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One thing that I have noticed looking back on recent years' electoral maps is the swing at the state level.

There is something that I noticed. In the past, states swung in different directions more than they do now. For example, the biggest swing towards Kerry was in Vermont, a small and socially liberal anti war state. It went 13% against the national popular swing. Then, in 2020, the biggest swing towards Trump was in Hawaii, which was only 5% against the national popular vote.

2000-2004 swing:

swing map 1

2016-2020 swing reversed for comparison purposes:

swing map 2

I chose 2000 to 2004 because the popular vote margin change nationally was similar. It provides a good demonstration. Bush pushed the entire lower Northeast towards his side (he still lost there), and the western US from Washington state to Minnesota moved against him.

Why is there significantly less deviation on the 2016 to 2020 swing map than 2000 to 2004 despite the 2000-2004 and 2016-2020 swings being similar?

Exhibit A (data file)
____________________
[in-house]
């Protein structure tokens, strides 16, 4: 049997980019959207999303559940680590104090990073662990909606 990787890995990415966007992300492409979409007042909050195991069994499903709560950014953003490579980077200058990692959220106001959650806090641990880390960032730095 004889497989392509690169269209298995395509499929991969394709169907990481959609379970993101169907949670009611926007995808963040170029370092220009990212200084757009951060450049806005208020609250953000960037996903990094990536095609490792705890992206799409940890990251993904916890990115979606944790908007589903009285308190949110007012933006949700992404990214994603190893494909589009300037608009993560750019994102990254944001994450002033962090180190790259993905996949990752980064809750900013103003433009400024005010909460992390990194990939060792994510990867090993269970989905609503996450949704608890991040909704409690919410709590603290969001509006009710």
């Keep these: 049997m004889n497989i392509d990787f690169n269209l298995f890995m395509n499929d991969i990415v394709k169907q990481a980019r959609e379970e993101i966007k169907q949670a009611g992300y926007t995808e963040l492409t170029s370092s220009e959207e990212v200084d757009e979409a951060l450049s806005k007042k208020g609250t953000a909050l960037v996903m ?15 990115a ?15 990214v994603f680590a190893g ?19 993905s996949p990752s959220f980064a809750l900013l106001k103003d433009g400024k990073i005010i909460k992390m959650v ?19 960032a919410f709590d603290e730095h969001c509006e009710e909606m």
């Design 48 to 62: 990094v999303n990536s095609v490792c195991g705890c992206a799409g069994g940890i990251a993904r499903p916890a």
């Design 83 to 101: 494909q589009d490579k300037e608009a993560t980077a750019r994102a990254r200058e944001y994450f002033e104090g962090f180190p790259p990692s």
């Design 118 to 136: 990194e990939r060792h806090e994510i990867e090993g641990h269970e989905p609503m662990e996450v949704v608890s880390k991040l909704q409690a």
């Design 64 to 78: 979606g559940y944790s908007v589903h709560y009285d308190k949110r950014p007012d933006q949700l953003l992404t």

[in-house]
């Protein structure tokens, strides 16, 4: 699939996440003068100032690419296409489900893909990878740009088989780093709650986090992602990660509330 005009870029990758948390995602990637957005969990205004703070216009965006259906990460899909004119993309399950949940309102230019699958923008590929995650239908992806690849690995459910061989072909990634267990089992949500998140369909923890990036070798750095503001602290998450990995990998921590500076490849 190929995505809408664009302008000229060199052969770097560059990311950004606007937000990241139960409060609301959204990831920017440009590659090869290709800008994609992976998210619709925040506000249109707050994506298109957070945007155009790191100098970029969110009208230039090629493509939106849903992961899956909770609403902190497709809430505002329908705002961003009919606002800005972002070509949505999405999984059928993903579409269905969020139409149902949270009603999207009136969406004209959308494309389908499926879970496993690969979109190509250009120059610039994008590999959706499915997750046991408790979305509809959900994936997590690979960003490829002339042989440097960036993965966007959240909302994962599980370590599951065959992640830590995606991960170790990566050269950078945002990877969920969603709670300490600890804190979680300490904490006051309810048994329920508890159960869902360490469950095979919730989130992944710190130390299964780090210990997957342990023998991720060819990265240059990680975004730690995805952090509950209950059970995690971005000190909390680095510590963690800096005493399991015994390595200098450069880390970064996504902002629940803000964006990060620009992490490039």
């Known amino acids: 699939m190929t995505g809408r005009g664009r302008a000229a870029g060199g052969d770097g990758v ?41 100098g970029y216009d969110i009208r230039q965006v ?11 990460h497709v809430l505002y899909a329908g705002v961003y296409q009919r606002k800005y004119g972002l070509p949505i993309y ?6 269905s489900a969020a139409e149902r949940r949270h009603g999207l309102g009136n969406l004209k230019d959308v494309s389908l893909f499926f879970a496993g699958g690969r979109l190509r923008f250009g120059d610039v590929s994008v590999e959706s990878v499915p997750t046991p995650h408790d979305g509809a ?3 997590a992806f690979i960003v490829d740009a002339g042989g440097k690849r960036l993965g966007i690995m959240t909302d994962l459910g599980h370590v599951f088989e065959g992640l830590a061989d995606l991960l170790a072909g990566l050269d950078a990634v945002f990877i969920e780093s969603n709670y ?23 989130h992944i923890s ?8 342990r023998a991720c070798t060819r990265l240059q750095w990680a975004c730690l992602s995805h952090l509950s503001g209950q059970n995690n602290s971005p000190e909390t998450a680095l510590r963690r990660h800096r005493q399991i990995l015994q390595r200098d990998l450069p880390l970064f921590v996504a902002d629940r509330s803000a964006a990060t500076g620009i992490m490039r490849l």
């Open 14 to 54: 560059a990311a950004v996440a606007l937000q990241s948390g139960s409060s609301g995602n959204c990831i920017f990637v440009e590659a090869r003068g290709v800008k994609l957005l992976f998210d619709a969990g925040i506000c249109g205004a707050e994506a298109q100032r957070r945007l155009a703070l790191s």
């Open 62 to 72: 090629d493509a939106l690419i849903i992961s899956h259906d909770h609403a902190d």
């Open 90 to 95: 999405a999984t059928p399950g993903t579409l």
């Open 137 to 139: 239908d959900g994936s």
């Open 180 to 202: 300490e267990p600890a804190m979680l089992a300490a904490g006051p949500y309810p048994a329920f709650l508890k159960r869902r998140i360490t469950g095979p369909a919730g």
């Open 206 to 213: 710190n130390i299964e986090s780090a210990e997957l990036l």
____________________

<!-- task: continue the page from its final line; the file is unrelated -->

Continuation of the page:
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    Does not "generally higher levels of partisanship" not explain this?
    – James K
    Apr 25 at 16:05
  • That is one answer I thought of, I just want to make sure Apr 25 at 18:03
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The 2016 and 2020 elections involved exactly the same candidates for President and Vice President on the Republican side of the ballot, candidates who were representing the same faction of the Democratic party on the other, and no truly significant third-party candidates. Hillary Clinton and Joe Biden (both of whom were politically prominent enough to run for President in substantial part due to their connections with President Bill Clinton) had a lot in common. With very similar lineups, the swings should be expected to be modest.

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